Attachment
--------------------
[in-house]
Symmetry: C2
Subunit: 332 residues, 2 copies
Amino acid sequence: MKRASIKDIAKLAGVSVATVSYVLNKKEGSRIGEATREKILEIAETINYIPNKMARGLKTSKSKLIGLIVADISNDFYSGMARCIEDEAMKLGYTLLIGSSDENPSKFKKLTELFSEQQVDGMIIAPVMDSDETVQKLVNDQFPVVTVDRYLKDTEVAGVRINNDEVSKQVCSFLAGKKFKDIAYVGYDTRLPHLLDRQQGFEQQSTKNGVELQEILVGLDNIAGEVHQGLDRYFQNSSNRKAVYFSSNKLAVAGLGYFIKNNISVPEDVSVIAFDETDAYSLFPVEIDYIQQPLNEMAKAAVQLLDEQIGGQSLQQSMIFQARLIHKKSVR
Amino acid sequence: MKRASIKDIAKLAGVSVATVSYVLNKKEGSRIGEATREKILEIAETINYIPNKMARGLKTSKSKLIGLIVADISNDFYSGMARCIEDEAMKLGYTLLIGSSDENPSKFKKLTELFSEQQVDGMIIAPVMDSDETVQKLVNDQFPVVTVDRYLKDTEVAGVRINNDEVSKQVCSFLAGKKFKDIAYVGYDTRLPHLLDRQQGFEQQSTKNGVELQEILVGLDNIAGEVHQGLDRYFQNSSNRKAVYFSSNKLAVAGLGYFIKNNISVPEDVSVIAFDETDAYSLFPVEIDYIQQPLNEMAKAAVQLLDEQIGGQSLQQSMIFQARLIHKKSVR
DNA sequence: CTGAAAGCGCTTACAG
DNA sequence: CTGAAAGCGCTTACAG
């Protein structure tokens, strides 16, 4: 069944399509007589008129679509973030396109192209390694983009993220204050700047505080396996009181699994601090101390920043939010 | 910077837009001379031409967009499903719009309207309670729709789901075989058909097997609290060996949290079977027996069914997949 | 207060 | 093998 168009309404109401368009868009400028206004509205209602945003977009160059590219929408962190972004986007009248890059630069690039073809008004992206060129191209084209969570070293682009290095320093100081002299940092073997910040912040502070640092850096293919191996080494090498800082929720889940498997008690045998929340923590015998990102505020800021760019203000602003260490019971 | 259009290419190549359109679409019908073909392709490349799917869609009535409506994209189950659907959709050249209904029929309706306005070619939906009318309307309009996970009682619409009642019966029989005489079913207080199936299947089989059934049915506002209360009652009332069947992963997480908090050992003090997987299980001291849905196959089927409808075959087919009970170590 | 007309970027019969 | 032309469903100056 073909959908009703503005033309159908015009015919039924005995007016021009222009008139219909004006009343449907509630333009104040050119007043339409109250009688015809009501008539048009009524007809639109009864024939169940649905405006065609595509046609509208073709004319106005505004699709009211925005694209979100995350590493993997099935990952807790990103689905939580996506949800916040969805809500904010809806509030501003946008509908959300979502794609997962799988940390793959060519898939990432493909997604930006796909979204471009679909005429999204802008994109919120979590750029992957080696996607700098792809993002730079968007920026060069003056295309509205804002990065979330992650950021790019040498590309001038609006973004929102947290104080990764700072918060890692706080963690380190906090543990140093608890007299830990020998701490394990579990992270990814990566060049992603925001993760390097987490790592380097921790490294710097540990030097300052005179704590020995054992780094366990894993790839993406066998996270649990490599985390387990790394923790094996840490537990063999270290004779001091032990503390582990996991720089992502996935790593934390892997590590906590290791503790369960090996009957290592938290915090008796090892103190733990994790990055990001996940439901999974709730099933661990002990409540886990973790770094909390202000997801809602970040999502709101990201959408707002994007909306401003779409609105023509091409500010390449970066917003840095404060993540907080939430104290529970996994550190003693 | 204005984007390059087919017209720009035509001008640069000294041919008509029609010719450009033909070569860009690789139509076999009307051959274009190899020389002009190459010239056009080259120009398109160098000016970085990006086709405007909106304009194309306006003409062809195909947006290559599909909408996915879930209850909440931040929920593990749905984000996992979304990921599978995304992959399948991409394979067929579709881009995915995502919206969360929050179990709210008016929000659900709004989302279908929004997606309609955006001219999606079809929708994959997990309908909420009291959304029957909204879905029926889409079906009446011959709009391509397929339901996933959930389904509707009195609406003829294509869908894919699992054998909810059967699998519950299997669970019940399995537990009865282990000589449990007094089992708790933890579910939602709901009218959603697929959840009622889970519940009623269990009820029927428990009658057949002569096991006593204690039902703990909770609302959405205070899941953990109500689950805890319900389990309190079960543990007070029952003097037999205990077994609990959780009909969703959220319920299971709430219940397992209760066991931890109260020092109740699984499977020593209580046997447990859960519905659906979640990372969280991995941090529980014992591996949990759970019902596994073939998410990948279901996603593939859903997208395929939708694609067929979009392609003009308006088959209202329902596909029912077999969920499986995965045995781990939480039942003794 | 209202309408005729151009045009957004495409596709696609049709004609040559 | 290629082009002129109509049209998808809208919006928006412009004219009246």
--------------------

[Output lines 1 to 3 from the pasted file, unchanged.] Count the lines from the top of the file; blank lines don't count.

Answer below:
[in-house]
Symmetry: C2
Subunit: 332 residues, 2 copies